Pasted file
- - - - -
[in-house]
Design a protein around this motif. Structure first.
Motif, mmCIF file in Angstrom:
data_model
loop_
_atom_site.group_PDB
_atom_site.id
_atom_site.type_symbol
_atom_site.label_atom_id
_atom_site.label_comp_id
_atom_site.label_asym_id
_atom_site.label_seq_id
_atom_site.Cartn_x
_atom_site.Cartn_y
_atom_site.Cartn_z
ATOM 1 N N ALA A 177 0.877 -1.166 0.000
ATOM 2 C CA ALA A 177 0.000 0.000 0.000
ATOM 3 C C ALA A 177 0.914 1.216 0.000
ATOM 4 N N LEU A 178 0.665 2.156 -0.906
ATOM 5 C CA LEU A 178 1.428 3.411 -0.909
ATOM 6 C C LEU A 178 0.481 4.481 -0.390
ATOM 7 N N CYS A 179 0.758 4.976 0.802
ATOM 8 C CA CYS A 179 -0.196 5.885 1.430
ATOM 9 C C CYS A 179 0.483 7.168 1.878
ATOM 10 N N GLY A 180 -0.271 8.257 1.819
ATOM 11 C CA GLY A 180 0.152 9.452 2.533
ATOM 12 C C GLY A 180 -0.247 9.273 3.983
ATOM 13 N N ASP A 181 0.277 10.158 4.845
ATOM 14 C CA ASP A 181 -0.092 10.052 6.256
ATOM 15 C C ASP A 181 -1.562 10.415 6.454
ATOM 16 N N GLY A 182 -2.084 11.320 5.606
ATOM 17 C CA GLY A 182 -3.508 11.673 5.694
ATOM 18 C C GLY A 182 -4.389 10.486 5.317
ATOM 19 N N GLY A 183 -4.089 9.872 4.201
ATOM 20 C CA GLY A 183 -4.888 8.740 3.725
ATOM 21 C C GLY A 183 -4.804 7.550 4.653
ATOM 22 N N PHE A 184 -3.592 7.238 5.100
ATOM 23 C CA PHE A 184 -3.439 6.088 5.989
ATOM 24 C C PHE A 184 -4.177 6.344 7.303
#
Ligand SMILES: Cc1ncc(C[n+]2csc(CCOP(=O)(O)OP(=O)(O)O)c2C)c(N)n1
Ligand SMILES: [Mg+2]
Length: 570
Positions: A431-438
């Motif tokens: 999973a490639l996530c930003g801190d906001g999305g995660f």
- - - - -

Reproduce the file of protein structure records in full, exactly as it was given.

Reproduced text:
[in-house]
Design a protein around this motif. Structure first.
Motif, mmCIF file in Angstrom:
data_model
loop_
_atom_site.group_PDB
_atom_site.id
_atom_site.type_symbol
_atom_site.label_atom_id
_atom_site.label_comp_id
_atom_site.label_asym_id
_atom_site.label_seq_id
_atom_site.Cartn_x
_atom_site.Cartn_y
_atom_site.Cartn_z
ATOM 1 N N ALA A 177 0.877 -1.166 0.000
ATOM 2 C CA ALA A 177 0.000 0.000 0.000
ATOM 3 C C ALA A 177 0.914 1.216 0.000
ATOM 4 N N LEU A 178 0.665 2.156 -0.906
ATOM 5 C CA LEU A 178 1.428 3.411 -0.909
ATOM 6 C C LEU A 178 0.481 4.481 -0.390
ATOM 7 N N CYS A 179 0.758 4.976 0.802
ATOM 8 C CA CYS A 179 -0.196 5.885 1.430
ATOM 9 C C CYS A 179 0.483 7.168 1.878
ATOM 10 N N GLY A 180 -0.271 8.257 1.819
ATOM 11 C CA GLY A 180 0.152 9.452 2.533
ATOM 12 C C GLY A 180 -0.247 9.273 3.983
ATOM 13 N N ASP A 181 0.277 10.158 4.845
ATOM 14 C CA ASP A 181 -0.092 10.052 6.256
ATOM 15 C C ASP A 181 -1.562 10.415 6.454
ATOM 16 N N GLY A 182 -2.084 11.320 5.606
ATOM 17 C CA GLY A 182 -3.508 11.673 5.694
ATOM 18 C C GLY A 182 -4.389 10.486 5.317
ATOM 19 N N GLY A 183 -4.089 9.872 4.201
ATOM 20 C CA GLY A 183 -4.888 8.740 3.725
ATOM 21 C C GLY A 183 -4.804 7.550 4.653
ATOM 22 N N PHE A 184 -3.592 7.238 5.100
ATOM 23 C CA PHE A 184 -3.439 6.088 5.989
ATOM 24 C C PHE A 184 -4.177 6.344 7.303
#
Ligand SMILES: Cc1ncc(C[n+]2csc(CCOP(=O)(O)OP(=O)(O)O)c2C)c(N)n1
Ligand SMILES: [Mg+2]
Length: 570
Positions: A431-438
């Motif tokens: 999973a490639l996530c930003g801190d906001g999305g995660f």